Women’s March on Washington & a Quick Visit to the Smithsonian


Last weekend, my mother and I took a charter bus to Washington DC to attend the now-famous Women’s March. We made our saucy posters, donned our nasty sweatshirts, and boarded the bus for a long weary night of travel to deliver us to our destination: post-inauguration DC.


The last leg of our trip we took the metro into DC, crammed in amidst huge numbers of pink pussyhat-wearing ladies. We made it into DC about 2 hours before the main event started– already considerable numbers of people were there, milling around, finding spots from which to view the main stage where stars like Madonna and Ashley Judd would be giving their speeches.


Below was a scene of the crowd funneled into one of the side streets around 9:00am. And there were still far more people to come!


By the time the stage event started at 10 o’clock, people were sandwiched in like sardines for blocks. To use a Trumpism: IT WAS YUUUGE!!! We decided to pull back to the outer edges of the crowd to be able to breathe! Even still, more and more people were arriving:


A half million strong, it felt like we’d taken over DC. The feeling was intoxicating. Once it was realized there were too many people for the planned march route, people started filling side streets like this one in front of the Archives:

Because we were so exhausted and the crowds were overwhelming, we decided to take a break and patron the Smithsonian– which, in spite of Trump’s demands, stayed open for the pink pussyhats. (Shout out to the Smithsonian: YOU DA BOMB!!) As per usual, I snapped tons of pictures (although I unfortunately didn’t have my good Nikon with me).

Below, to the left is Australopithecus afarensis aka “Lucy”. In the middle is Homo erectus, and to the right, Homo neanderthalensis.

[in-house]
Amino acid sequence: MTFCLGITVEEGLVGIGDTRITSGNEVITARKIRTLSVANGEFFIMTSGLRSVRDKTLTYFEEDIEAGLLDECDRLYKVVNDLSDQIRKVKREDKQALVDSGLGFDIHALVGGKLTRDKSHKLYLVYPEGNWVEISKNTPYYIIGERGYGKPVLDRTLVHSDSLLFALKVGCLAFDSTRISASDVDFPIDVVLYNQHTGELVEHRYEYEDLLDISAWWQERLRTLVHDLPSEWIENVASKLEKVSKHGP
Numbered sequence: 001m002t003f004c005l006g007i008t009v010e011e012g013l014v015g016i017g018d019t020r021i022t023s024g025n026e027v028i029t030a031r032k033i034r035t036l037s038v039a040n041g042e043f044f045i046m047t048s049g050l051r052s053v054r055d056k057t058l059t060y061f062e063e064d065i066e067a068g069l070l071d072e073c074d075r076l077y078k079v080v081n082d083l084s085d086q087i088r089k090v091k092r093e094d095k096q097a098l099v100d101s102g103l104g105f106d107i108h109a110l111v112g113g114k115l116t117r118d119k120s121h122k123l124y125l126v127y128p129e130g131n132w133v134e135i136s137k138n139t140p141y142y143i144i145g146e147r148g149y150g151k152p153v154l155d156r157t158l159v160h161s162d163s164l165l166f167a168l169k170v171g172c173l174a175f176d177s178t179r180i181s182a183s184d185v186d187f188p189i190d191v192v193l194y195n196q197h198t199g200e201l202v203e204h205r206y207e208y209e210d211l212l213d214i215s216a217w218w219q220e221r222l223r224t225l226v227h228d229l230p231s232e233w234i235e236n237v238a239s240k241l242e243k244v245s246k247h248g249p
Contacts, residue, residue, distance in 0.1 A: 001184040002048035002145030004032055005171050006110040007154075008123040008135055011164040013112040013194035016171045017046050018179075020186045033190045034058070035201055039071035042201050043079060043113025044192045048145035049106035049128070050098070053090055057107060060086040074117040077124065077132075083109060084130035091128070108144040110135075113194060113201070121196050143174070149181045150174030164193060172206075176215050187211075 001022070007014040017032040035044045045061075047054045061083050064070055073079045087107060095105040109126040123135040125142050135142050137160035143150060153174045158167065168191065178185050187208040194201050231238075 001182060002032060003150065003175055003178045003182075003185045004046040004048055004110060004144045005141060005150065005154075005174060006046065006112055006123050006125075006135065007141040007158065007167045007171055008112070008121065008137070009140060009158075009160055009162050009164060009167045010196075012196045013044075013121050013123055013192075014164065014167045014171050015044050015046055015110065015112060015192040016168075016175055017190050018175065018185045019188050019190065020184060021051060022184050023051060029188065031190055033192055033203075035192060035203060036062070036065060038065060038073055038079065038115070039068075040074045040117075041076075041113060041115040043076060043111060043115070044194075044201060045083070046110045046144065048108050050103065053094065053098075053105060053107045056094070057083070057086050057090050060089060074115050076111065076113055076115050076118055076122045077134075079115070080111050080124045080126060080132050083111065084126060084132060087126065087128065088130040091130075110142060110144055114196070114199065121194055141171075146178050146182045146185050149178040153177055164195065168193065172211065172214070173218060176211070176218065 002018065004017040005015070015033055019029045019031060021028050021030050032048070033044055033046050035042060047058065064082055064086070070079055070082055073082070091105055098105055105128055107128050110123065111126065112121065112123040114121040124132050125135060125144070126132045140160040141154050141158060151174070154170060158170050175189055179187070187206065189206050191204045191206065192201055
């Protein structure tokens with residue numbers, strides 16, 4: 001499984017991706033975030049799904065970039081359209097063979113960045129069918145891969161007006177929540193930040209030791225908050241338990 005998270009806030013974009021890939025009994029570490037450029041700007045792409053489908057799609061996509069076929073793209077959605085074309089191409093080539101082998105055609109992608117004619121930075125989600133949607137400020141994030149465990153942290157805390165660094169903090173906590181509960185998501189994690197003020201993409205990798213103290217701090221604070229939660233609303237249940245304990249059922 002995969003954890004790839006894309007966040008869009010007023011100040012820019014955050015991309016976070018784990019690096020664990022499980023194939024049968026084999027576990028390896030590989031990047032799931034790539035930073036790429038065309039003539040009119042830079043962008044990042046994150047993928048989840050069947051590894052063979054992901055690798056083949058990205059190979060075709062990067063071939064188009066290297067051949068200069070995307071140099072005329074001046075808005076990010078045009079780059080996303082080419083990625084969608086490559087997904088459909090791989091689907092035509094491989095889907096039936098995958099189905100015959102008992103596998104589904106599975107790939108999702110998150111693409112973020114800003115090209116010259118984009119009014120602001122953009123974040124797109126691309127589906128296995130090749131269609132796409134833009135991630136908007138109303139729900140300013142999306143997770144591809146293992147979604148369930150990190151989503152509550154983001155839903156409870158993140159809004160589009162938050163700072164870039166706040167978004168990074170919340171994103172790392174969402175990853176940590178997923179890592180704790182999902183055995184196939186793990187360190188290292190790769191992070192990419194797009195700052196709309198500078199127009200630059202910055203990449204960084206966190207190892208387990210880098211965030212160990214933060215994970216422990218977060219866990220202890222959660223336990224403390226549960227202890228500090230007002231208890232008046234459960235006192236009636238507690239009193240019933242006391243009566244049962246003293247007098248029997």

The oceanic exhibit. I especially enjoyed some of the examples of the whale ancestors, such as Basilosaurus.

To the left, a giant ammonite; to the right, a megalodon (with my mother standing in its jaws on the other side, lol).

A replica of a large male African elephant is now the centerpiece to the main hall of the museum. (The last time I’d visited, it had been the T-rex. Now sadly the T-rex has been relegated to a hall behind insect exhibit.)


To the left, the Hope Diamond. To the right, a gorgeous emerald necklace.

The dinosaur exhibit.

An Egyptian mummy.


A gavial (crocodilian) skeleton; a huge leatherback turtle; and a fox.

From left to right, top to bottom: a mandrill, a spider monkey, a proboscis monkey, a lemur, and a slender loris.

A family picture: human, gorilla, chimpanzee, and orangutan.

A kangaroo, and the monotremes, the echidna and duckbill platypus.

At the end of the day, after all the marching and chanting and sight-seeing, we headed back to the metro across from the Trump International Hotel, where marchers were leaving their protest posters as a message to DC.


It was an incredible experience and I’m glad we were there. Now, there are ongoing airport protests, and eventually there will be Science and LGBTQ marches, in which we’ll be attending and marching, loud, proud, and angry. For any of you who are angry, scared, or even just a little bit worried about the behaviors of the new administration, I highly recommend taking a part in peaceful activism. Write letters, make phone calls, attend marches, and just BE LOUD. ❤ ❤ ❤ ❤ ❤

#TheResistance #Indivisible

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